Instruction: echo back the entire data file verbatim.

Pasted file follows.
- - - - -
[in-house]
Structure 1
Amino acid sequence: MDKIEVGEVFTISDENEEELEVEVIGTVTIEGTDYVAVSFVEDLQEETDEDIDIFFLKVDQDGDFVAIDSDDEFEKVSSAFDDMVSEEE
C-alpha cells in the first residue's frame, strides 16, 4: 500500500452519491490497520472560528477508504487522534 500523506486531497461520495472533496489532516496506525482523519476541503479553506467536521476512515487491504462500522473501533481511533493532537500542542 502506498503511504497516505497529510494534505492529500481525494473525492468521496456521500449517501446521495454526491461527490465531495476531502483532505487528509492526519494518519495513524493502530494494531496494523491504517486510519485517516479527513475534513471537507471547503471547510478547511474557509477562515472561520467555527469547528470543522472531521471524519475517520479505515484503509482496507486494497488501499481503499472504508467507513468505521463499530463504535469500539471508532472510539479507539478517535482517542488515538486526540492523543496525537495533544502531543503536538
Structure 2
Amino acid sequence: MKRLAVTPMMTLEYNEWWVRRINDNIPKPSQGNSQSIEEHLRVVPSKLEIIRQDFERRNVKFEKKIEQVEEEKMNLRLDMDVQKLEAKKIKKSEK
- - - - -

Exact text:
[in-house]
Structure 1
Amino acid sequence: MDKIEVGEVFTISDENEEELEVEVIGTVTIEGTDYVAVSFVEDLQEETDEDIDIFFLKVDQDGDFVAIDSDDEFEKVSSAFDDMVSEEE
C-alpha cells in the first residue's frame, strides 16, 4: 500500500452519491490497520472560528477508504487522534 500523506486531497461520495472533496489532516496506525482523519476541503479553506467536521476512515487491504462500522473501533481511533493532537500542542 502506498503511504497516505497529510494534505492529500481525494473525492468521496456521500449517501446521495454526491461527490465531495476531502483532505487528509492526519494518519495513524493502530494494531496494523491504517486510519485517516479527513475534513471537507471547503471547510478547511474557509477562515472561520467555527469547528470543522472531521471524519475517520479505515484503509482496507486494497488501499481503499472504508467507513468505521463499530463504535469500539471508532472510539479507539478517535482517542488515538486526540492523543496525537495533544502531543503536538
Structure 2
Amino acid sequence: MKRLAVTPMMTLEYNEWWVRRINDNIPKPSQGNSQSIEEHLRVVPSKLEIIRQDFERRNVKFEKKIEQVEEEKMNLRLDMDVQKLEAKKIKKSEK